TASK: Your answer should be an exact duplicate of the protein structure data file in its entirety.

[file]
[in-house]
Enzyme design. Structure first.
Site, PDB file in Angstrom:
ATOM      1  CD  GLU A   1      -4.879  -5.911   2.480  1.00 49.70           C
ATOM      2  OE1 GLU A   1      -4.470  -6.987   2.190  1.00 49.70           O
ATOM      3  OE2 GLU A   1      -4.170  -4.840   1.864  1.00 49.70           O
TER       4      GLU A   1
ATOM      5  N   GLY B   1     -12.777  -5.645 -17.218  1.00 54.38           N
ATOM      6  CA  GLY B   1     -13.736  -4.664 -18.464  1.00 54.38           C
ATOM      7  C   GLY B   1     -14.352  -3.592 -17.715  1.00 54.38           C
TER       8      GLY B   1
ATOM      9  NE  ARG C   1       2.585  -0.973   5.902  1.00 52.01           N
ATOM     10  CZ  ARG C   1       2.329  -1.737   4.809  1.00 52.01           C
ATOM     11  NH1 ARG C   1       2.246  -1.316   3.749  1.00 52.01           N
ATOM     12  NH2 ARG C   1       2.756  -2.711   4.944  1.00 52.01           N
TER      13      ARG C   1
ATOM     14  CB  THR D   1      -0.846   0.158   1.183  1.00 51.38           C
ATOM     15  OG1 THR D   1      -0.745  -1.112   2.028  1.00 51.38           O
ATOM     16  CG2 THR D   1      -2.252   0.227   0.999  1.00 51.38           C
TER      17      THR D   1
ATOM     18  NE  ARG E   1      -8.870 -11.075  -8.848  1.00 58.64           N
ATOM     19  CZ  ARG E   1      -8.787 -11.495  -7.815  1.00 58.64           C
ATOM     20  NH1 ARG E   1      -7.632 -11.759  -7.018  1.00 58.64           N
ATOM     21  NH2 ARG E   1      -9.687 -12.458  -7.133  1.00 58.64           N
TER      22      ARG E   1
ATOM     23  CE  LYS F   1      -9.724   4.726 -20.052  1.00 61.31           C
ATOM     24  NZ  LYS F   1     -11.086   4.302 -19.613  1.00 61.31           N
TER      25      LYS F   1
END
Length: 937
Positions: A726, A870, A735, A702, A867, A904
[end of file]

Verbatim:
[in-house]
Enzyme design. Structure first.
Site, PDB file in Angstrom:
ATOM      1  CD  GLU A   1      -4.879  -5.911   2.480  1.00 49.70           C
ATOM      2  OE1 GLU A   1      -4.470  -6.987   2.190  1.00 49.70           O
ATOM      3  OE2 GLU A   1      -4.170  -4.840   1.864  1.00 49.70           O
TER       4      GLU A   1
ATOM      5  N   GLY B   1     -12.777  -5.645 -17.218  1.00 54.38           N
ATOM      6  CA  GLY B   1     -13.736  -4.664 -18.464  1.00 54.38           C
ATOM      7  C   GLY B   1     -14.352  -3.592 -17.715  1.00 54.38           C
TER       8      GLY B   1
ATOM      9  NE  ARG C   1       2.585  -0.973   5.902  1.00 52.01           N
ATOM     10  CZ  ARG C   1       2.329  -1.737   4.809  1.00 52.01           C
ATOM     11  NH1 ARG C   1       2.246  -1.316   3.749  1.00 52.01           N
ATOM     12  NH2 ARG C   1       2.756  -2.711   4.944  1.00 52.01           N
TER      13      ARG C   1
ATOM     14  CB  THR D   1      -0.846   0.158   1.183  1.00 51.38           C
ATOM     15  OG1 THR D   1      -0.745  -1.112   2.028  1.00 51.38           O
ATOM     16  CG2 THR D   1      -2.252   0.227   0.999  1.00 51.38           C
TER      17      THR D   1
ATOM     18  NE  ARG E   1      -8.870 -11.075  -8.848  1.00 58.64           N
ATOM     19  CZ  ARG E   1      -8.787 -11.495  -7.815  1.00 58.64           C
ATOM     20  NH1 ARG E   1      -7.632 -11.759  -7.018  1.00 58.64           N
ATOM     21  NH2 ARG E   1      -9.687 -12.458  -7.133  1.00 58.64           N
TER      22      ARG E   1
ATOM     23  CE  LYS F   1      -9.724   4.726 -20.052  1.00 61.31           C
ATOM     24  NZ  LYS F   1     -11.086   4.302 -19.613  1.00 61.31           N
TER      25      LYS F   1
END
Length: 937
Positions: A726, A870, A735, A702, A867, A904